Double gradient refers to gradient lenses where the top and bottom portions of the lenses are dark and the middle of the lens has a lighter tint. Double gradient lenses are a great choice if you want sunglasses that aren't too dark but shield your eyes from bright overhead sunlight and light reflecting off sand, water and other reflective surfaces at your feet.
Photochromic lenses adjust their level of darkness based on the amount of UV light they're exposed to. Read more about photochromic lenses.
Do I need to worry about infrared rays?
Infrared (IR) rays are located just past the red portion of the visible light spectrum. Though infrared radiation produces heat (“heat lamps” that keep food warm in restaurants emit IR rays), most experts agree that the sun's infrared radiation does not pose danger to the eyes.
Which sunglass lens color is best?
Athletes often prefer other tints for their contrast-enhancing properties. For example, yellow lenses are popular with skiers and target shooters because they work well in low light, reduce haze and increase contrast for a sharper image.
Are impact-resistant lenses necessary?
For comfort and safety, choose sunglass lenses that are both impact resistant and scratch resistant. Polycarbonate lenses usually are the best choice for sunglasses because they are lightweight and significantly more impact resistant than lenses made of glass or other materials.
Do darker sunglass lenses provide more UV protection than lighter lens tints?
Darker sunglasses decrease the amount of visible light that passes through the lenses compared with lighter lens tints, but they don't necessarily provide greater protection from invisible UV rays. For adequate sun protection, make sure your sunglasses block 100 percent UV, regardless of the color or darkness of the lenses.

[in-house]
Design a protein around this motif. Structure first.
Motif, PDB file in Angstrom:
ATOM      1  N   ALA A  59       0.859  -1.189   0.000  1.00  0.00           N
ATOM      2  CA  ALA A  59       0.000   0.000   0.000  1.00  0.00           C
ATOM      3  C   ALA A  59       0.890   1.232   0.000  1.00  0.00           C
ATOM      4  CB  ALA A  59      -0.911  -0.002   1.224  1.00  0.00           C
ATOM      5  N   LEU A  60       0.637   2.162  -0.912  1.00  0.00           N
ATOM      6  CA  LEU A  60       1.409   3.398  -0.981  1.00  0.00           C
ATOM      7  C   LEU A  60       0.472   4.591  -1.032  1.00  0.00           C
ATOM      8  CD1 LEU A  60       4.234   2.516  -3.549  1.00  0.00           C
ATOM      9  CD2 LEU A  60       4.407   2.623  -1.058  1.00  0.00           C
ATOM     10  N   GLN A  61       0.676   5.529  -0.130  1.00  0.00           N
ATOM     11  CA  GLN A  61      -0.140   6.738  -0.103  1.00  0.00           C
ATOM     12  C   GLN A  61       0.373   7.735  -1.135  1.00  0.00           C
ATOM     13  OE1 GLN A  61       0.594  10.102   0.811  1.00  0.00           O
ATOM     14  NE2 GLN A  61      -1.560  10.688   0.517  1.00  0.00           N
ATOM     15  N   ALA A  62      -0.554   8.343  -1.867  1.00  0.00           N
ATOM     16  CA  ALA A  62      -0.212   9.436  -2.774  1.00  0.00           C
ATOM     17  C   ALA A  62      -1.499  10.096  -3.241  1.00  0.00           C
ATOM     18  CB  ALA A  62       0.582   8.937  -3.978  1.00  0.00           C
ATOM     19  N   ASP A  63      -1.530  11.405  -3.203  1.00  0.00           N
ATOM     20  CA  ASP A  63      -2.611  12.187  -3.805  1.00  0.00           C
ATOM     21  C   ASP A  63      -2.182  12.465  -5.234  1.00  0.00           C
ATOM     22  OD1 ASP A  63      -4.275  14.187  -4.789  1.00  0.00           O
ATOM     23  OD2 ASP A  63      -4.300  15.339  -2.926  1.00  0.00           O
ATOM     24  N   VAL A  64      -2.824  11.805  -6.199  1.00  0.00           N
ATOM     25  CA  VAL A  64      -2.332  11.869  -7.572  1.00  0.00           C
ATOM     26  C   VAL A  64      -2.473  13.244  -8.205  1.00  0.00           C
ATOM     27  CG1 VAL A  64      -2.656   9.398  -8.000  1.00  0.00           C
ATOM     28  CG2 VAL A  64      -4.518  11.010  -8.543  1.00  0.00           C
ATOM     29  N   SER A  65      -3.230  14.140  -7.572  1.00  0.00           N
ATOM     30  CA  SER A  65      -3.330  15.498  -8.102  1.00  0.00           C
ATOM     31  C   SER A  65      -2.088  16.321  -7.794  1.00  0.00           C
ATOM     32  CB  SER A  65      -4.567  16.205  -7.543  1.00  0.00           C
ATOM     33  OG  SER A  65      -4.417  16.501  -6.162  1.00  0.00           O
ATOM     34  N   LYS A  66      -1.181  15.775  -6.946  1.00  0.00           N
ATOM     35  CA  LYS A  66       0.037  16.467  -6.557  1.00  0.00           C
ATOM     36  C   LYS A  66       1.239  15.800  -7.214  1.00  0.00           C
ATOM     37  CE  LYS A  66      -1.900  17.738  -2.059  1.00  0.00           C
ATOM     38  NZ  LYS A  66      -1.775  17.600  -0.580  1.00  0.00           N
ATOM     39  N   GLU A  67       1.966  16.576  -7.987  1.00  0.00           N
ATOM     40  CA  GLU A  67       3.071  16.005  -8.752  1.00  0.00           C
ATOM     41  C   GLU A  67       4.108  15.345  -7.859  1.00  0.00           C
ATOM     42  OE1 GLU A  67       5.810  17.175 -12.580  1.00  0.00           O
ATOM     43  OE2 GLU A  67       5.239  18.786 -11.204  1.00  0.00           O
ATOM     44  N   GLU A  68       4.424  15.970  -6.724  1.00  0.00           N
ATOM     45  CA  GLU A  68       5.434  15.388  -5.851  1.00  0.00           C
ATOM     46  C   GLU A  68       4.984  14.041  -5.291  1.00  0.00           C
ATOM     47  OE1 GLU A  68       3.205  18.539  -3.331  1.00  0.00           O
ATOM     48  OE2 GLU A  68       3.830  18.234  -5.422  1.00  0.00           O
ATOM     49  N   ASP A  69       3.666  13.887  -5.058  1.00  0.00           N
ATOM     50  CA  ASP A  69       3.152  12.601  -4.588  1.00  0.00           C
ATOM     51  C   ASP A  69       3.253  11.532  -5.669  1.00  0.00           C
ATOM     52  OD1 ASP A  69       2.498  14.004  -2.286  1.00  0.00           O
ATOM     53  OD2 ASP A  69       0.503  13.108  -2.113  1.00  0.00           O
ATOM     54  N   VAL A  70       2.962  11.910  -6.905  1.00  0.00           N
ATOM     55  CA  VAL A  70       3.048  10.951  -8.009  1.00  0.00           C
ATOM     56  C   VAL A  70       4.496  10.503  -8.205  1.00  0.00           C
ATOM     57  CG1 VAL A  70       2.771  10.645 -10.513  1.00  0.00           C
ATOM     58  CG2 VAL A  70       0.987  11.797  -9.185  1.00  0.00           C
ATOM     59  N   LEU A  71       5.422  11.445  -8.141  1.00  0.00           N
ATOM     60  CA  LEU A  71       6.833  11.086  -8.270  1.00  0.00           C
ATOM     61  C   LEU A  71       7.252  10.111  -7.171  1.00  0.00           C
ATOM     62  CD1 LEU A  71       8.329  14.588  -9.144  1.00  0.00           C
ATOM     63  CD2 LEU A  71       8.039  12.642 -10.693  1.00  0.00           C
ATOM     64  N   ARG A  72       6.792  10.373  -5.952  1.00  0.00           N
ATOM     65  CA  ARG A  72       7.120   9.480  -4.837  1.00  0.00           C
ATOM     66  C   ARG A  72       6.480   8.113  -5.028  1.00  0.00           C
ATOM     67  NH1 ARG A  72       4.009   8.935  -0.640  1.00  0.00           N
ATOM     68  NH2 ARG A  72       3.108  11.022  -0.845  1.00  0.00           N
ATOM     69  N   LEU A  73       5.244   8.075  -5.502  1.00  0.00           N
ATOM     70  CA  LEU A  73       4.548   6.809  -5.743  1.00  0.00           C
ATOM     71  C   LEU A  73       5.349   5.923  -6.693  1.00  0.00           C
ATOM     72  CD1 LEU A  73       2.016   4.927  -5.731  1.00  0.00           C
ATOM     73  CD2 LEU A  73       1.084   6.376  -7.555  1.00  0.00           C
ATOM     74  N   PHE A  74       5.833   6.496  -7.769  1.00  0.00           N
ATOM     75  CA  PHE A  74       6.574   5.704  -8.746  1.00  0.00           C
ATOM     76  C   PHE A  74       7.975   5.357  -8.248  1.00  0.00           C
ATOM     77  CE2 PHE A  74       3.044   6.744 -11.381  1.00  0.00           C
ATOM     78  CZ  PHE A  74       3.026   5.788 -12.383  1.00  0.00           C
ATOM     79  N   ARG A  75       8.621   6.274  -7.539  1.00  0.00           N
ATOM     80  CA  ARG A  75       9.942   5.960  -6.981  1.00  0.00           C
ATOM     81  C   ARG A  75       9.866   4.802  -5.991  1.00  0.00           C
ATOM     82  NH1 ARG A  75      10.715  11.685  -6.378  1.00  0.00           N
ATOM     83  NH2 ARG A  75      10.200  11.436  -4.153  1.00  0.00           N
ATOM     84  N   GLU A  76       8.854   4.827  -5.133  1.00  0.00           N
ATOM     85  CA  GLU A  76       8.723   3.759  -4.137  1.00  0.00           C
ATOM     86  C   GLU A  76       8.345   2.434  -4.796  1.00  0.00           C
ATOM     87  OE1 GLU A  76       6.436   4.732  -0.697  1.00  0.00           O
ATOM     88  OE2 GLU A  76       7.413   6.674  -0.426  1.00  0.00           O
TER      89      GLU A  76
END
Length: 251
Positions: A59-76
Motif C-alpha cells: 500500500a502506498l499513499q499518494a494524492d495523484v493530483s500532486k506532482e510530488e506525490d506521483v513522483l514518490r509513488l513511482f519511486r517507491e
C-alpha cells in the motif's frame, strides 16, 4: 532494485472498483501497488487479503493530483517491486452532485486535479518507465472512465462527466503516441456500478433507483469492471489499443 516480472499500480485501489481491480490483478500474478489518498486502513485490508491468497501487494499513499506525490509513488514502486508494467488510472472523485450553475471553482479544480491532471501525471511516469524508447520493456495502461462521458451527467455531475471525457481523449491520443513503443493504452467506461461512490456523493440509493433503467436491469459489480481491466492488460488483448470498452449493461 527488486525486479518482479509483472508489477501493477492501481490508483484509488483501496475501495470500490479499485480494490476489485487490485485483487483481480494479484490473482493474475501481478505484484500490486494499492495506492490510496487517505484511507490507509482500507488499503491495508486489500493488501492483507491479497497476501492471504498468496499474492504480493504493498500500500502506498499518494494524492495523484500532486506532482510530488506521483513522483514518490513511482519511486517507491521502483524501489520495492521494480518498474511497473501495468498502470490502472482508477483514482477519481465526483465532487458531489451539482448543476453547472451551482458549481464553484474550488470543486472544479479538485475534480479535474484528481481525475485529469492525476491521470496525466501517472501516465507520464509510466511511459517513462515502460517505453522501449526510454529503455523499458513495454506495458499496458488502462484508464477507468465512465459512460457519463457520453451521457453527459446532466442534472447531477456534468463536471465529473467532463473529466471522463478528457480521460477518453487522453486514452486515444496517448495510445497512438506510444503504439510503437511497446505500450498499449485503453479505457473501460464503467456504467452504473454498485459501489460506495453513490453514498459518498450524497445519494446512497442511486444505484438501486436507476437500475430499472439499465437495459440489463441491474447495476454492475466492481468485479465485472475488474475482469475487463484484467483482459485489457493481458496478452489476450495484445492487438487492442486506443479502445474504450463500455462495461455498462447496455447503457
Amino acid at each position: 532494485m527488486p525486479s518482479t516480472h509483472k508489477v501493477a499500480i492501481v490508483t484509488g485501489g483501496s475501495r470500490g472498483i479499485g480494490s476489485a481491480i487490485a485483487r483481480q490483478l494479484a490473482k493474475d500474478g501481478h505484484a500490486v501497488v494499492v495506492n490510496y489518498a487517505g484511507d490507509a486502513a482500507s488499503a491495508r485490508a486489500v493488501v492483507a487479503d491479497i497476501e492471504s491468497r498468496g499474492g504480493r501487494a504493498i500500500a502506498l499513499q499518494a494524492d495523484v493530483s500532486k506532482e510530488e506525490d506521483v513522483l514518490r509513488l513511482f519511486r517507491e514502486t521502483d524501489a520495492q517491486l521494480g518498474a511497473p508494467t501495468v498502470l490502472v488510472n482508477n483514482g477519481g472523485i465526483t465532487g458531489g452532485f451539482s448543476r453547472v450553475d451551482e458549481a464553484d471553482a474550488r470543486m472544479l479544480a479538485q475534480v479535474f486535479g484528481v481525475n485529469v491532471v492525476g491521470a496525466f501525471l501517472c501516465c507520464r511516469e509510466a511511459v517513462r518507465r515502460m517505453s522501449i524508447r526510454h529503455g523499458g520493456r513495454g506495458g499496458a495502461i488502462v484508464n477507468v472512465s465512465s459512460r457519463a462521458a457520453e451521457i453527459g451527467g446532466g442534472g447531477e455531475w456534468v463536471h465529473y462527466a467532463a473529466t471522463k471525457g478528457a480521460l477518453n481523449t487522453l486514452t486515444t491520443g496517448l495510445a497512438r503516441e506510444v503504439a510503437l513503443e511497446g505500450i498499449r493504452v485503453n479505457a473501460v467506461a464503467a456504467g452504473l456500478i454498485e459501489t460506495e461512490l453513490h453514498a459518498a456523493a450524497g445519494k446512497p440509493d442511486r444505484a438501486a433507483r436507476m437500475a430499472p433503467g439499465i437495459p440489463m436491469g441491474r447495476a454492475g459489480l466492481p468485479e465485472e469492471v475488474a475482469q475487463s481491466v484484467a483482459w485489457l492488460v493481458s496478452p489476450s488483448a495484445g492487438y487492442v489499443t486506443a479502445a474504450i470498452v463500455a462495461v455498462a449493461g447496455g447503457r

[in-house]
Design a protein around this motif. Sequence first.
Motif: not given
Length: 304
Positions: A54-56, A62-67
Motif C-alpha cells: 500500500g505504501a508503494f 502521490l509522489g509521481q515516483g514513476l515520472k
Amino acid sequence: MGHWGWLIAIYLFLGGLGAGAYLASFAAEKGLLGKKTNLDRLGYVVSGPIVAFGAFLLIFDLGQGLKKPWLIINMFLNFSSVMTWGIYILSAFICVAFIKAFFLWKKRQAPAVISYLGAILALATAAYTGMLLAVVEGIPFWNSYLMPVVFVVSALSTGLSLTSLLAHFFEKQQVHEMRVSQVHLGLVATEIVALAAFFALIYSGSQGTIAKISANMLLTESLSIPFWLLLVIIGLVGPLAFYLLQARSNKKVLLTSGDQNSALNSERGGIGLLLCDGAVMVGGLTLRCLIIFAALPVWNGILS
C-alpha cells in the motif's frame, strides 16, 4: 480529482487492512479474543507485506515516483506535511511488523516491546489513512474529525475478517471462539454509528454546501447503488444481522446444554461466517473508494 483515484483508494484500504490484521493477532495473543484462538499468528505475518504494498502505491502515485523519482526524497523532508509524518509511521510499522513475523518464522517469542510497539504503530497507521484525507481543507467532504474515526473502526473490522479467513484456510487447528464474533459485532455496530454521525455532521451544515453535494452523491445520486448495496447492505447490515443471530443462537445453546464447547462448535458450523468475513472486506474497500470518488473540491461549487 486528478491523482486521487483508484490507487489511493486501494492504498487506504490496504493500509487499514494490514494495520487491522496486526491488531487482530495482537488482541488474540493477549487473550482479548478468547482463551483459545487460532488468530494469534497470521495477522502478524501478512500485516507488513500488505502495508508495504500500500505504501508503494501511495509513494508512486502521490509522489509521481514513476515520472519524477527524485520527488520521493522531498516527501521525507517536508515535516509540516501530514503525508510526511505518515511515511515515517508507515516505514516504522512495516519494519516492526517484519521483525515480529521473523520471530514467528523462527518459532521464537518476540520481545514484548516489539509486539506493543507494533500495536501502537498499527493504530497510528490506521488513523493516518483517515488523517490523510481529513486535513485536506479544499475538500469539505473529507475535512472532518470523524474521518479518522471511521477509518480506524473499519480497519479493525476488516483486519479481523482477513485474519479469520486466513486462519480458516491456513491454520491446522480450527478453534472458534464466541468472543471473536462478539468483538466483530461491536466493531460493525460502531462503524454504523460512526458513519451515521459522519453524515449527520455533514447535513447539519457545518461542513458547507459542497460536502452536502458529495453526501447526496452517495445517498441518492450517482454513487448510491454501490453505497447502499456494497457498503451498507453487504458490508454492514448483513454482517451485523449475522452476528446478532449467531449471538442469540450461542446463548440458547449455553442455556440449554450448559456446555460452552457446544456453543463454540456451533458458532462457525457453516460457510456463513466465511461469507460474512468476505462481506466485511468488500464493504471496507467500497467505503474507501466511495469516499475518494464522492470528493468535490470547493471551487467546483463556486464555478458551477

Do children need sunglasses?
Children's sunglasses are essential. Children are at particular risk because they're in the sun much more than adults, and their eyes are more sensitive as well. UV damage is cumulative over a person's lifetime, which means you should begin protecting your child's eyes as soon as possible.
I wear eyeglasses. What options are available to me?
Photochromic lenses are an excellent choice for sun protection outdoors if you need corrective lenses. They provide 100 percent of the sun’s UV rays and darken automatically in sunlight. In many cases, photochromic lenses can eliminate your need for a separate pair of prescription sunglasses.
Can sunglasses designed for specific sports really make a difference?
Yes. Sports eyewear in general tends to be safer than regular sunglasses because the lenses and frames are made of special materials that are unlikely to shatter if struck and can give you the benefits of both sunglasses and protective eyewear.
Also, certain tints can enhance your vision for certain sports. For example, amber and brown lenses are popular with golfers because they enhance the contrast between the ball and fairways, greens and the sky.
Page published in December 2019
Page updated in April 2020